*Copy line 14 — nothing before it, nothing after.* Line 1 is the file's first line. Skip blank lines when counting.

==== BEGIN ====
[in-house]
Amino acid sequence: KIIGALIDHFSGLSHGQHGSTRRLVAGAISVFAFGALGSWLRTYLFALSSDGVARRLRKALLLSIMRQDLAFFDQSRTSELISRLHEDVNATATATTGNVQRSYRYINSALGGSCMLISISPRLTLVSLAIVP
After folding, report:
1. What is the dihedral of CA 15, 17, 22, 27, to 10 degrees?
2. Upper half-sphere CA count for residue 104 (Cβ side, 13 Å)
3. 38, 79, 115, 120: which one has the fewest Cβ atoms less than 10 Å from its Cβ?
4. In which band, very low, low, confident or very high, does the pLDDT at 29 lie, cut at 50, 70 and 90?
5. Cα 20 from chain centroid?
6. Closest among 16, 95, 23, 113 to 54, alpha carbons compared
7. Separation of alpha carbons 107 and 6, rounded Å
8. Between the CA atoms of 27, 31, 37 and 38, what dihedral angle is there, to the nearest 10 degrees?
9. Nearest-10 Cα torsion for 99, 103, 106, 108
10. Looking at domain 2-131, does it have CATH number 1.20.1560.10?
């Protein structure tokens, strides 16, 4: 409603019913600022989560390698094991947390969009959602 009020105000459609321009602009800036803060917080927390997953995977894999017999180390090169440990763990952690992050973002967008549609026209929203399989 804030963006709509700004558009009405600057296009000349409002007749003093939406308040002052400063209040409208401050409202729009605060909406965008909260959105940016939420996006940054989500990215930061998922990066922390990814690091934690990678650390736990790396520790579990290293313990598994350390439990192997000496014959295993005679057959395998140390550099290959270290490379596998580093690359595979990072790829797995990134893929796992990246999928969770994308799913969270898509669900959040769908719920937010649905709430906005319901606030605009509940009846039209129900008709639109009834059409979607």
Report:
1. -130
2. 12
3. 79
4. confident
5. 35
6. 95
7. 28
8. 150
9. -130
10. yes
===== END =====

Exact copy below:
């Protein structure tokens, strides 16, 4: 409603019913600022989560390698094991947390969009959602 009020105000459609321009602009800036803060917080927390997953995977894999017999180390090169440990763990952690992050973002967008549609026209929203399989 804030963006709509700004558009009405600057296009000349409002007749003093939406308040002052400063209040409208401050409202729009605060909406965008909260959105940016939420996006940054989500990215930061998922990066922390990814690091934690990678650390736990790396520790579990290293313990598994350390439990192997000496014959295993005679057959395998140390550099290959270290490379596998580093690359595979990072790829797995990134893929796992990246999928969770994308799913969270898509669900959040769908719920937010649905709430906005319901606030605009509940009846039209129900008709639109009834059409979607």